Tuesday, May 14, 2013

The Story of Our Faith in Colored Glass

St. Joseph the Worker

Dear Parishioners,

In a society where we are often in an extreme hurry to go here and do this or that, we may unfortunately miss or take for granted the things that surround us every day.  I think of the white sandy beaches nearby with their accompanying sunrises continually greeting us as they ascend high above the mighty ocean’s waves.  Then there’s the colorful flowers and trees in bloom (albeit with loads of irritating pollen!) appearing daily beside houses and along the various streets and roads for our viewing pleasure.  Even in our church building, there are the picturesque stained-glass windows telling just a small portion of the glorious history of our faith through colors and images pierced the by sun’s rays.

It is these magnificent works of art found along the perimeter of our church that I wish to bring to your attention as we begin a project to restore them and to protect them for generations to come.  Perhaps you’ve noticed the various saints portrayed or some of the incidents in the life of St. Joseph, our patron.  Traditionally, these stained-glass images told Bible stories and the various lives of saints to a population that generations ago could not read or write but could see the colorful tales narrated in glass and lead as they prayed and worshipped.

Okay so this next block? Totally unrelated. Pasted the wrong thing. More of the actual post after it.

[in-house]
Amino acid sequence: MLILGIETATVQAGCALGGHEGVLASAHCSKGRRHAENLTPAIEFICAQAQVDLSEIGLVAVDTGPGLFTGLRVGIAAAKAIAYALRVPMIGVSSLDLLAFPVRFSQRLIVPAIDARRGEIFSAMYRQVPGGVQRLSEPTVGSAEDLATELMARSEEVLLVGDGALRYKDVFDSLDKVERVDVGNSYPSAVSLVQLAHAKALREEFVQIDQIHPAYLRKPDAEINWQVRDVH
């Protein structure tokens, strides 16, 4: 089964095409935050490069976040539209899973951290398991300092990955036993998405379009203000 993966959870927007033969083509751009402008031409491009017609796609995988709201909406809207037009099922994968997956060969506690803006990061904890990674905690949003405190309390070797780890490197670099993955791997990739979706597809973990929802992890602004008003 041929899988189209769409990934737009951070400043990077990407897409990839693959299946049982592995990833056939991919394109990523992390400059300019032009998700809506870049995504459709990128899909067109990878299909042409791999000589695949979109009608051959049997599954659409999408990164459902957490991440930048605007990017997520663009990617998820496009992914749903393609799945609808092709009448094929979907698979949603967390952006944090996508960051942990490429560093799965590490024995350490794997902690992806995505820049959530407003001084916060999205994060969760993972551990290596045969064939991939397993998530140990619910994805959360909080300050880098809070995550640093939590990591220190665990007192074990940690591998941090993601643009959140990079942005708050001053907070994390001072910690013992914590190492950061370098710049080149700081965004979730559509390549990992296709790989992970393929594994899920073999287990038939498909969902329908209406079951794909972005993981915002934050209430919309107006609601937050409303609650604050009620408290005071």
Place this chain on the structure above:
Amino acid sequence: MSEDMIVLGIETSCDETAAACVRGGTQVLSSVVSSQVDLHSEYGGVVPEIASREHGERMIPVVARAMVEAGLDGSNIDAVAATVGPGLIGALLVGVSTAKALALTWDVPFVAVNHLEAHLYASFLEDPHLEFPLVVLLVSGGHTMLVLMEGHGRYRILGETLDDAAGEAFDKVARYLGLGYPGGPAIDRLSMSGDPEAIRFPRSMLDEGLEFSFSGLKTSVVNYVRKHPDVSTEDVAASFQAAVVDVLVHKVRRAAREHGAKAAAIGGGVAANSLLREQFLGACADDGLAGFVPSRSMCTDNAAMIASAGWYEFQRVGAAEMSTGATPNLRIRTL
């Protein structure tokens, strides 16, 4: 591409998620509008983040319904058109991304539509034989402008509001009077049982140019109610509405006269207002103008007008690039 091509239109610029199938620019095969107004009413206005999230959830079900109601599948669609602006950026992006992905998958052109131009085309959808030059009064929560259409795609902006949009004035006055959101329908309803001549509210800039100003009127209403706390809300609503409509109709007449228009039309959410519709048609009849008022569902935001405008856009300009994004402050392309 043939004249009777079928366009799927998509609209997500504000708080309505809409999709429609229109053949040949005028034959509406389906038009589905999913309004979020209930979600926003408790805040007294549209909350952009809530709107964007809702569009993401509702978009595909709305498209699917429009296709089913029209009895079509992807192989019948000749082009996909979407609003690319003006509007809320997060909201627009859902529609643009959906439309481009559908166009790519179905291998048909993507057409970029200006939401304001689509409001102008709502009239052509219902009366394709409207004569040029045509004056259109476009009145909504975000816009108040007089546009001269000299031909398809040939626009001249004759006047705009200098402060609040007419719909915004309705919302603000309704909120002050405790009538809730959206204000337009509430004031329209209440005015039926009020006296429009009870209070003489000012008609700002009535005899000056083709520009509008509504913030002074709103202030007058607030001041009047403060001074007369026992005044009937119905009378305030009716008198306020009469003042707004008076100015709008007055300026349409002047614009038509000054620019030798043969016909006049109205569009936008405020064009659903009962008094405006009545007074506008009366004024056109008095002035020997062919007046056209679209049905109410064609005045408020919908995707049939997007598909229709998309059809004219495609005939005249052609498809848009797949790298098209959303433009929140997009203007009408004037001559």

Two of these windows are soon to be removed and completely restored.  You may have noted that some of the panels of the windows are cracked, some windows do not close properly, some lead supporting the glass has bowed or bellied, and that time and weather has begun to deteriorate each of these works of art to a greater or lesser degree.  We have had them evaluated and set up a plan to have them restored over time according to the most urgent need.

For the most part, the actual interior windows have been patched or repaired over the years (as needed), but a proper restoration will now begin.  This involves removing the windows completely, having them taken to a professional studio to be restored, replacing them into their original locations while repairing their fittings/frames (and surroundings) and protecting them exteriorly.

The project will be costly—the two windows nearing $15,000 to restore—but the alternative is to allow the windows to sit in disrepair and continue to patch them, while they deteriorate and become even more of an urgent issue as time goes by.

If anyone would like to memorialize a window as it is being restored, we will gladly accept donations for this project.  This can be done completely or partially (i.e., a group of families/parishioners combining efforts to restore a particular window).  A plaque under each window will indicate in whose memory the window was restored.

Every undertaking—even the loftiest—begins with an initial step.  Our stained-glass window restoration will commence with two windows.  Please take the time to appreciate the beauty of these windows which regularly surround us as we worship.  I want their beauty to endure for future generations to experience and to love.  You can certainly help us do this!

Fr. Ed Namiotka

St. Therese of Lisieux: "The Little Flower"
(A window in need of repair)

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